Quick to setup

It is easy to get QuickShow adjusted for your projector and screen. Click on the bars below to learn more about QuickShow's various setup screens.

Quick Setup wizard

The Quick Setup wizard gets you started fast. It has three main screens:
  • In step 1, you specify your user level -- whether you are a beginner, intermediate or advanced user. This adjusts QuickShow so it displays only the functions, menus and controls best for your experience level.
  • In step 2 (shown below), you indicate what type of scanners you have. QuickShow works with any type of laser galvanometer scanners. Even if you have slower 8K to 12K scanners, you'll be amazed at the results QuickShow can give you. One beta tester said "It made by scanners look new again!"
  • In step 3, you indicate the number of different colored lasers you have in your projector. QuickShow works with projectors with one, two or three laser colors. This lets you get the maximum number of colors possible out of your particular projector type. (For example, if you have three laser colors they are usually red, green and blue, giving you the widest range of colors.)
  • In step 4, you specify if you use a TTL or Analog color system

QuickShow Quick Setup dialog

Projector settings

It takes only a few seconds to size the laser output to fit your projection screen, and to flip it if necessary for rear-projection.

QuickShow Projector Settings dialog

Projection Zones settings

Projection Zones is an ILDA Award winning technology, first pioneered by Pangolin. To understand how it works, imagine that you are in a disco and you want to hit various targets.

You might want graphics on a main screen, beams to hit target mirrors, beam shapes to scan onto the audience, and scrolling text underneath a TV display. Each of these differently-shaped zones becomes a Projection Zone, such as Scanner 1 Main, Targeted Beams, Atmospheric and Secondary Graphics.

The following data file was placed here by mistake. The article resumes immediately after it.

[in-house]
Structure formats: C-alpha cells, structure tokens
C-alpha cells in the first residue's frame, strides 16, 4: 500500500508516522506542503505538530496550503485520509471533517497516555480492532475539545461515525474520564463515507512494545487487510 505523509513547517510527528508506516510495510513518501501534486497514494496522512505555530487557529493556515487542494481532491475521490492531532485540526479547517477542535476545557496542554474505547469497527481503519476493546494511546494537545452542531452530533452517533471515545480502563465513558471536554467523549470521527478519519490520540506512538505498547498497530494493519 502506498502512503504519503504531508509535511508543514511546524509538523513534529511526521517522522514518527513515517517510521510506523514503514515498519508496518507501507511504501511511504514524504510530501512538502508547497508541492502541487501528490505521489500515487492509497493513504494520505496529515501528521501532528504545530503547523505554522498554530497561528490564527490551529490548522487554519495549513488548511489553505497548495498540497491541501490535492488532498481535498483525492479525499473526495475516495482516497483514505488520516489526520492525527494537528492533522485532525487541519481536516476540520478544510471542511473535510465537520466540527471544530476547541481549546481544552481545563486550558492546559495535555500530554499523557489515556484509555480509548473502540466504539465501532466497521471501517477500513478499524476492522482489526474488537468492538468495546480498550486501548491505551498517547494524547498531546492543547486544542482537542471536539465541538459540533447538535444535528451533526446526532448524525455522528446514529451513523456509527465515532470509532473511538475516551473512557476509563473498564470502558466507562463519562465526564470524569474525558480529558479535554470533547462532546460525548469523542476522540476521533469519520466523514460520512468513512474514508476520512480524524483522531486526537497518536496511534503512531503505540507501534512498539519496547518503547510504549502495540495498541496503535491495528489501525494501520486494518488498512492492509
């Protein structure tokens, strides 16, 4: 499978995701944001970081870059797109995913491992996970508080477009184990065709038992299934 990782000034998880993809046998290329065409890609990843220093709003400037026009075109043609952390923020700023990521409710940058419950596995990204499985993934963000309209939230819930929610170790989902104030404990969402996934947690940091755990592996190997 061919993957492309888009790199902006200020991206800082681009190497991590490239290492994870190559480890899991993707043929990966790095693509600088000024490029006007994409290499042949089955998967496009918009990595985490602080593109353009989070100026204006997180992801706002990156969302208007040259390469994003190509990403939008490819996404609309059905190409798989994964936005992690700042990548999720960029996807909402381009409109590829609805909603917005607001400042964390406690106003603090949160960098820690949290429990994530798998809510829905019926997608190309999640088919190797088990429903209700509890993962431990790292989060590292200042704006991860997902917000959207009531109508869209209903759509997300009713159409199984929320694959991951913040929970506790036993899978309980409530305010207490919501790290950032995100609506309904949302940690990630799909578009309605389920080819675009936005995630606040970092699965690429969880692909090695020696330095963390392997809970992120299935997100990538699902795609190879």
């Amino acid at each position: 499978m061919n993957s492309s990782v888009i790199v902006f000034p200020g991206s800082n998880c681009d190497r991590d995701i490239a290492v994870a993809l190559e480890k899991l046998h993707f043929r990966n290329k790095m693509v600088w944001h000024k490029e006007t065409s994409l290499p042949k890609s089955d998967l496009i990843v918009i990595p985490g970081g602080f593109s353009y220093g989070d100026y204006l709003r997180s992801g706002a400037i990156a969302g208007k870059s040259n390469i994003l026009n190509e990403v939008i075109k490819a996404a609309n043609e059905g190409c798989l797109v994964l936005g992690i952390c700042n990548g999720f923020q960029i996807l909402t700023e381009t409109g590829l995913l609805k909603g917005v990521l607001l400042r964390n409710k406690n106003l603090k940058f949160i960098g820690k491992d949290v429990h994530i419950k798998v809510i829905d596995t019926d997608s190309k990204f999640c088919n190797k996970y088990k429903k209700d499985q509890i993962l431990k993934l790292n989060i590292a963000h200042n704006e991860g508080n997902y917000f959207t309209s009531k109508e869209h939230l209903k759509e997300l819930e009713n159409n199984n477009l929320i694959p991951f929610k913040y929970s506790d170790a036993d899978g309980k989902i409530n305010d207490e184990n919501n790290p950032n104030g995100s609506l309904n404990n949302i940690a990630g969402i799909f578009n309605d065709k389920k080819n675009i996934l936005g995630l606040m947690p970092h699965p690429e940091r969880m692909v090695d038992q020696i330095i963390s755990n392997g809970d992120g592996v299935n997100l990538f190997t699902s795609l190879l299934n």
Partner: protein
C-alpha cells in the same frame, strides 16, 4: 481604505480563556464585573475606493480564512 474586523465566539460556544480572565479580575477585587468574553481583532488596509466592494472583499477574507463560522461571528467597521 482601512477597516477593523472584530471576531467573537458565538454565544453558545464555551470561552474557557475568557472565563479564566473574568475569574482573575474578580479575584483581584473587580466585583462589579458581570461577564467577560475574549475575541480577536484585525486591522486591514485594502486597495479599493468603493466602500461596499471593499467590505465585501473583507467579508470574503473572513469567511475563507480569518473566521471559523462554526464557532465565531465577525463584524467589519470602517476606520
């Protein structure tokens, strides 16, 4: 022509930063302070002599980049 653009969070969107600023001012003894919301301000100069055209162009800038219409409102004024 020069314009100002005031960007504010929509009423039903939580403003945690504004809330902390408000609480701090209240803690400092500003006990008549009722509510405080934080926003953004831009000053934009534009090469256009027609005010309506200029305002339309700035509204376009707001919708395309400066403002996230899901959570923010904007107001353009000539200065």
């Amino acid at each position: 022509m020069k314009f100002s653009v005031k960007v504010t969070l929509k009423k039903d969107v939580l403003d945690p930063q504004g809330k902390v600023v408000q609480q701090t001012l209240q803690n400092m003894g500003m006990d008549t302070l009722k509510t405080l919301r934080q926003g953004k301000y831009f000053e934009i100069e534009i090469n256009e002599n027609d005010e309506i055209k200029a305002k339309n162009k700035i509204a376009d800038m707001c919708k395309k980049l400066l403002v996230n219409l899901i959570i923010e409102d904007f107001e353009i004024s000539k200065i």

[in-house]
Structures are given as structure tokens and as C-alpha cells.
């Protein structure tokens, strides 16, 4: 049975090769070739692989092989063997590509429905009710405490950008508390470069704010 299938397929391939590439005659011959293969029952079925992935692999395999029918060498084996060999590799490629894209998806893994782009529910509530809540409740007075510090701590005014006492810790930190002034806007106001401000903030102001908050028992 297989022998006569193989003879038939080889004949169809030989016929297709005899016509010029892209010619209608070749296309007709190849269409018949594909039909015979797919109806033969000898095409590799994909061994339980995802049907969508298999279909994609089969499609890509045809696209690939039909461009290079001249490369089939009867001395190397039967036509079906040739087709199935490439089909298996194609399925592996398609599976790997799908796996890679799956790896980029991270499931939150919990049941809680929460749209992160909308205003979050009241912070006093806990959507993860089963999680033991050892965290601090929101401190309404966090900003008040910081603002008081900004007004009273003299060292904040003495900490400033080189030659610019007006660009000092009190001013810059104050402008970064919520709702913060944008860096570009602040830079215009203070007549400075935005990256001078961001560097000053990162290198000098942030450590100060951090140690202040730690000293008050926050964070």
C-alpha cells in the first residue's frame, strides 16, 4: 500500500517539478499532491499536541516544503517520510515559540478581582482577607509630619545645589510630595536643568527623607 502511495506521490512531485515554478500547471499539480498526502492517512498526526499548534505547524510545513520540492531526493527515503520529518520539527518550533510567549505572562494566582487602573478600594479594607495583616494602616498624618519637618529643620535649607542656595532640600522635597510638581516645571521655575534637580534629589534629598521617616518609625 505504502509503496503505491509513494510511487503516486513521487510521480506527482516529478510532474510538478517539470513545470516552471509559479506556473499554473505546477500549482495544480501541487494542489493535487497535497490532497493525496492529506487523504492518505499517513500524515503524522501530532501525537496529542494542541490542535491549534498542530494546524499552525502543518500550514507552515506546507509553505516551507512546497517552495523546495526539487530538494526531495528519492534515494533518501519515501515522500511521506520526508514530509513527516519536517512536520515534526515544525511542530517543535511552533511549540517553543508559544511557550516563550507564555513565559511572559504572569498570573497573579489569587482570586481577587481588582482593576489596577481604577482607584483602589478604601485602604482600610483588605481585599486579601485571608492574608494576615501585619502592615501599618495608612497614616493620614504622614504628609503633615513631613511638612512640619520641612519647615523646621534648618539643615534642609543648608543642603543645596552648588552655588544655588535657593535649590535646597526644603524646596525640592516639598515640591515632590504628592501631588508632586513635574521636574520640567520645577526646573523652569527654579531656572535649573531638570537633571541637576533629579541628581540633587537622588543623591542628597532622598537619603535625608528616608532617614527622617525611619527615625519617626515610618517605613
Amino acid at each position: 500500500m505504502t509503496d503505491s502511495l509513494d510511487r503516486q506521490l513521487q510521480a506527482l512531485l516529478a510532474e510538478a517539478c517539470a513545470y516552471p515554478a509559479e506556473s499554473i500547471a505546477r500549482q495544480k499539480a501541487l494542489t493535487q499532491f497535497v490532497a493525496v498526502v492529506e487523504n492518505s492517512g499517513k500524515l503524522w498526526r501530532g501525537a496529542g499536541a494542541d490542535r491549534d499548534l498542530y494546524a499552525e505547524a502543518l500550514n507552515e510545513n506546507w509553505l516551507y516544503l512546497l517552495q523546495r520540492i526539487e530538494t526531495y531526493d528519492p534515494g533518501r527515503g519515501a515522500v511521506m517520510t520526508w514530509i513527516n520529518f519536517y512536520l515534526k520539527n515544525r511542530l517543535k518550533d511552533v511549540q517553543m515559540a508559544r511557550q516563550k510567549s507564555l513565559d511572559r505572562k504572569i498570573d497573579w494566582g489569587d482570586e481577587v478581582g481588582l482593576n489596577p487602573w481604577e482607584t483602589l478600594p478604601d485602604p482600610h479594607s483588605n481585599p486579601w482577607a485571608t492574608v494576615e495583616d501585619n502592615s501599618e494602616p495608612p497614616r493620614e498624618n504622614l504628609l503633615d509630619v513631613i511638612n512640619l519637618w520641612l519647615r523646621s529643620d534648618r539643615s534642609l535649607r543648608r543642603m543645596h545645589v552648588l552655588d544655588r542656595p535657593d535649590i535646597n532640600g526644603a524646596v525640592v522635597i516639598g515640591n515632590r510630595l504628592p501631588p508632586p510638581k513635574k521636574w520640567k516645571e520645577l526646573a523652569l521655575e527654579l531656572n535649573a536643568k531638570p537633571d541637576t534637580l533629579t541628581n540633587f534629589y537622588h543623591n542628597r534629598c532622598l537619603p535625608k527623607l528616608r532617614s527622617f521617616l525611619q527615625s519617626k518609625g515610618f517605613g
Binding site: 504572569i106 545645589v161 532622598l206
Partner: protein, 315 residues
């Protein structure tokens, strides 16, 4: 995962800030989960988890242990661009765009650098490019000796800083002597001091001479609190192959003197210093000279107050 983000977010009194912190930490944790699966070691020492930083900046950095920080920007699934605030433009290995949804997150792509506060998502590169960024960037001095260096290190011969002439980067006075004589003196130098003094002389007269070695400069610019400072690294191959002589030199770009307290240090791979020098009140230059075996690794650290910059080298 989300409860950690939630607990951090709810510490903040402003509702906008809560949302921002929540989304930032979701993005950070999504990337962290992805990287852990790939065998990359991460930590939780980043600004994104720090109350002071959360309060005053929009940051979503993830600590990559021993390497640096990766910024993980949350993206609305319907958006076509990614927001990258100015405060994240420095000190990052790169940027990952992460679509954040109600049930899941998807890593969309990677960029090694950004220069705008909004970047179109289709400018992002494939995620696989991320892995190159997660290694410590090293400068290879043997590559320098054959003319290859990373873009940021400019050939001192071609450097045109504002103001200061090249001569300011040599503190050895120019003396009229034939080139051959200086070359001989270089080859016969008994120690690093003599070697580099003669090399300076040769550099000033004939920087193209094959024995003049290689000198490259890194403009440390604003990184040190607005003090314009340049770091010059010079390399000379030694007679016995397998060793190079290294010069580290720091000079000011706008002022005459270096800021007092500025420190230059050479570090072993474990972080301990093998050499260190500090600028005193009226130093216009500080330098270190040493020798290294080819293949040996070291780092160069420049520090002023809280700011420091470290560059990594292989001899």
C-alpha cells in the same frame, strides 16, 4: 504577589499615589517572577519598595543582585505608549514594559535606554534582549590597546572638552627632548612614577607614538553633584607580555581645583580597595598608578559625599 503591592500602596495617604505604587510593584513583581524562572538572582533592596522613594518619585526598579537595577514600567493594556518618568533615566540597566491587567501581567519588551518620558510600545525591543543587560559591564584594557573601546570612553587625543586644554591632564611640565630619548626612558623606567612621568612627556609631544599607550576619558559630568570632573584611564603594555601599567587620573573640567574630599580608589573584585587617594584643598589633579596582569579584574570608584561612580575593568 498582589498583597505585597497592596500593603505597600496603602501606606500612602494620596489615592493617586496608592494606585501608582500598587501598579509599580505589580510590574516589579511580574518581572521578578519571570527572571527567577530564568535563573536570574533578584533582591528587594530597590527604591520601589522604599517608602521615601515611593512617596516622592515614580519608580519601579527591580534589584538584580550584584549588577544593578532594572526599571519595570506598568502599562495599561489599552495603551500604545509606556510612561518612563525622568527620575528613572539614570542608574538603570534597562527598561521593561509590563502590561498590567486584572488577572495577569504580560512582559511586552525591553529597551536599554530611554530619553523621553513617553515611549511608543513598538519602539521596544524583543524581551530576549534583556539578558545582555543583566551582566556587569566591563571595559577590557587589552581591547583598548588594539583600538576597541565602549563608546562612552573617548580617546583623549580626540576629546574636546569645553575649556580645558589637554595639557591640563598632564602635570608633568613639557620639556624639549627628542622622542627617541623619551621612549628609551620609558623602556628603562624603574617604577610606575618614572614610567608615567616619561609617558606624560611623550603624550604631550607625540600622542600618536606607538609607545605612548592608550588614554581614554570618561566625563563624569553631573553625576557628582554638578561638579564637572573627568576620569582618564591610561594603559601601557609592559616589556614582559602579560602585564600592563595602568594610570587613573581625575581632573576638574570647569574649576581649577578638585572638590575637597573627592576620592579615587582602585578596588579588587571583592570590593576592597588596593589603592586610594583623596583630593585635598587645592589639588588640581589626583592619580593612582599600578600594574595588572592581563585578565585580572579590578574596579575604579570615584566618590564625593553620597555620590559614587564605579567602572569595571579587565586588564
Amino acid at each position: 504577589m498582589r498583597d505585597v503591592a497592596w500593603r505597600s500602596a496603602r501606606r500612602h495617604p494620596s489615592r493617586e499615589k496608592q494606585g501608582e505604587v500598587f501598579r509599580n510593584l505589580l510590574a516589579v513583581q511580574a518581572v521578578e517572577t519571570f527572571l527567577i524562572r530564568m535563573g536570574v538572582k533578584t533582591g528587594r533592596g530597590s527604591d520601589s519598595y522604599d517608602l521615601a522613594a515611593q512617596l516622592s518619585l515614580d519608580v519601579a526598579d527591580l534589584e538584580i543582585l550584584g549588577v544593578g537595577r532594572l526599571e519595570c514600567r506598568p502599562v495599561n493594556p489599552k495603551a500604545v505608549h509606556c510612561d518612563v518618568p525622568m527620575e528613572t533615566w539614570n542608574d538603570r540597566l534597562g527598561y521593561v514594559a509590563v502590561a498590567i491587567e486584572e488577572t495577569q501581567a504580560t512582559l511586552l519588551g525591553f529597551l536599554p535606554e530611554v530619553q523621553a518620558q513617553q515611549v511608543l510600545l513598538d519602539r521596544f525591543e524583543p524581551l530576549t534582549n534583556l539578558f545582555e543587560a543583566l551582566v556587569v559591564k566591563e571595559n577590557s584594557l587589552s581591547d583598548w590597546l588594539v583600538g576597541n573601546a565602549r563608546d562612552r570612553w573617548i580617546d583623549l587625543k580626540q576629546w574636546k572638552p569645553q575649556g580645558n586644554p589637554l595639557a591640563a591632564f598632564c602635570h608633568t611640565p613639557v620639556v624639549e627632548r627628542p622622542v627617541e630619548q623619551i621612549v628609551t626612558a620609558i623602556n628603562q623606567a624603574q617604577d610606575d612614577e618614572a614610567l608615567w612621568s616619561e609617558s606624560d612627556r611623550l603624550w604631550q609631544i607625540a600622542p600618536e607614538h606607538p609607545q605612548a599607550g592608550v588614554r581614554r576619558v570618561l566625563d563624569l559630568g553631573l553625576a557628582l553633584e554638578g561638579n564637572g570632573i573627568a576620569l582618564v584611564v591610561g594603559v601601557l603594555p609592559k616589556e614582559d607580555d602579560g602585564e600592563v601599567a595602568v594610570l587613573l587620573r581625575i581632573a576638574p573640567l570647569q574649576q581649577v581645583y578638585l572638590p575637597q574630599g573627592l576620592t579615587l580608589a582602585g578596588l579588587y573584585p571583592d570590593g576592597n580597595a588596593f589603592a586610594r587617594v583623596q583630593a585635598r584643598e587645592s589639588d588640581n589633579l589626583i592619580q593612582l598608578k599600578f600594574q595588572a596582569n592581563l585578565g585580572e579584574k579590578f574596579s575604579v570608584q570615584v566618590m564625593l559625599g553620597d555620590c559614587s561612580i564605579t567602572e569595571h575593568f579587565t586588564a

Each laser cue is assigned to a zone. This ensures that graphics end up on the main screen, while beams can hit their mirror targets.

Each Projection Zone has sophisticated geometric correction; this fixes any graphics distortion caused by off-axis projection. Each zone also has a "beam attenuation map", used for safety. You literally paint how bright or dark you want the laser to be in certain areas such as where the audience is. This lets overhead beams be full-power, while reducing power in audience areas. (Caution: Safe audience scanning requires knowledge and measurements; do not rely solely on any beam attenuation map for safety.)

Because zones can be used for different purposes, such as graphics or beams, each zone lets you set up how the preview window looks (shown on your computer screen). For beams, the preview window actually simulates the look of beams in foggy air. If you are sending a single output to two separate beam scanners, such as one on either side of a screen, the preview window can even simulate this.

You can have up to 30 Projection Zones. This should be more than enough for even the most complex projection situation!

QuickShow Projection Zone dialog

QuickTargets beam settings

A common situation is using bounce mirrors to reflect the laser beam around a room or venue. To set this up, use the QuickTargets Beam Settings controls.

You can target up to 32 different bounce mirrors (or other beam targets such as mirror balls or diffraction gratings). Just drag-and-drop a square to position a beam. You can also assign a relative power to a beam; for example, if you want some beams to be dimmer than others for safety reasons.

QuickShow - QuickTargets Beam Settings dialog